Includes one BTR-152 Armoured Personnel Carrier and four Seated Passenger figures
The development of the BTR-152 was a direct result of the Red Army’s experiences during the Second War World. Utilising joint infantry and tank tactics against the Germans, Soviet commanders found that casualties amongst the infantry were especially high due to the lack of an armoured personnel carrier that was able to keep pace with the advancing tanks. As a consequence, the BTR-152 was amongst the first vehicles developed at the conclusion of the Second World War.
Based on the ZiS-151 truck chassis, the first prototype of the BTR-152 were completed in 1947 but lacked the desired level of mobility as a direct result of the five tons of additional armour added to the vehicle. After a few tweaks to the design, the BTR-152 was accepted for service. The BTR-152 first saw combat in the Hungarian revolution of 1956 and later during the Six-Day War with the forces of the United Arab Republic.
The vehicle was of all-welded construction with armour ranging from 15mm thick on the front to 9mm on the side; enough to provide protection from small arms fire and shell fragments but offered little protection against anything heavier.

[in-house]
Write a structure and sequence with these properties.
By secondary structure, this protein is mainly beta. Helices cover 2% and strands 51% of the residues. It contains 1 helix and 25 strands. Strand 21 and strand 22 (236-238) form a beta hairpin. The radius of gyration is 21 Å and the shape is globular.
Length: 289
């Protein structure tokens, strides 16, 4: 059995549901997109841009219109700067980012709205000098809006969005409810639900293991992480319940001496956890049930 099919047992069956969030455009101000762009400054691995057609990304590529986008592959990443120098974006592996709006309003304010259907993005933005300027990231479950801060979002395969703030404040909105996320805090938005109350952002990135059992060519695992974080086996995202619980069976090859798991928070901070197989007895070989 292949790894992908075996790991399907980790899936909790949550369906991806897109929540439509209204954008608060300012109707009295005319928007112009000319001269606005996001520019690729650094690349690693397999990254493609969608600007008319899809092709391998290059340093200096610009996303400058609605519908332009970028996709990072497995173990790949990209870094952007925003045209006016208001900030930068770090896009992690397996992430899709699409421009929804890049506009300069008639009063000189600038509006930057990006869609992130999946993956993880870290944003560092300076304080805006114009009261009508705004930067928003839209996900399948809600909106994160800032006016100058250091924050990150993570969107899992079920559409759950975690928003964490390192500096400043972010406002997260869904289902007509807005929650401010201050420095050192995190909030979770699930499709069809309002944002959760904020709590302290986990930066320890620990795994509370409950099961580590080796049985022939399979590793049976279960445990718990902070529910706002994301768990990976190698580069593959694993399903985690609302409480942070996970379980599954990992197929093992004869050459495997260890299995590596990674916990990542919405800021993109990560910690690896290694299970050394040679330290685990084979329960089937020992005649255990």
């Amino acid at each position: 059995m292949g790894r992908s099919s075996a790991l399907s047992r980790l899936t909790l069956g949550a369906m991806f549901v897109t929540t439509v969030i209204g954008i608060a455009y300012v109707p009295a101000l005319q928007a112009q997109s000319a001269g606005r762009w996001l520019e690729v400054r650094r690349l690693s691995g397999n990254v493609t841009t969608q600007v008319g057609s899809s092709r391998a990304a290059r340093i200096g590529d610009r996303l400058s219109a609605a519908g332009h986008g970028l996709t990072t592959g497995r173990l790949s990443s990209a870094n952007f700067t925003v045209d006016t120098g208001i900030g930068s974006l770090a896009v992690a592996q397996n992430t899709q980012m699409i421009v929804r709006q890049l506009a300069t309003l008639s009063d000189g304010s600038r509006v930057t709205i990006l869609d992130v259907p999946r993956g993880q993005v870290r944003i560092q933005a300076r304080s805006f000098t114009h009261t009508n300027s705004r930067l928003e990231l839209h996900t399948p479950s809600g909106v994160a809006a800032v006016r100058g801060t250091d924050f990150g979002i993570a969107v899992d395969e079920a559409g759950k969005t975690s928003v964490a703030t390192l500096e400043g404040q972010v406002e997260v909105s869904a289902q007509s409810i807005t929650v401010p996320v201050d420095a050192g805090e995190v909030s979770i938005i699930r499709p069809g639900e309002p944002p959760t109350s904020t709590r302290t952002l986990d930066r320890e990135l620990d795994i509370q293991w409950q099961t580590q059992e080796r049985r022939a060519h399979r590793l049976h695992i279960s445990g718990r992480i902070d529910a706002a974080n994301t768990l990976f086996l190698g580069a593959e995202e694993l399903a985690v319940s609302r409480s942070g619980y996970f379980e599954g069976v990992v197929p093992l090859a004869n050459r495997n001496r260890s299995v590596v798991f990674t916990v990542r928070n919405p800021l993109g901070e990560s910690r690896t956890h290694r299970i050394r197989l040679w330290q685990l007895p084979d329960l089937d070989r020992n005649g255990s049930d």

In the 1967 war, Egyptian mechanised forces used both the BTR-60 eight-wheeled, and BTR-152 six-wheeled Soviet armoured personnel carriers to provide mobility to their infantry. In the 1973 war, several mechanised brigades continued to use the older wheeled vehicles as the BMP had not fully supplanted the BTR in service. In both wars, the mechanised forces represent a strong combined arms force, with integral Anti-tank and Anti-aircraft assets including the capable AT-3 “Sagger” anti-tank missile and SA-7 SAMs.
Designed by Allen Evan
Painted by Aaron Te Hira-Mathie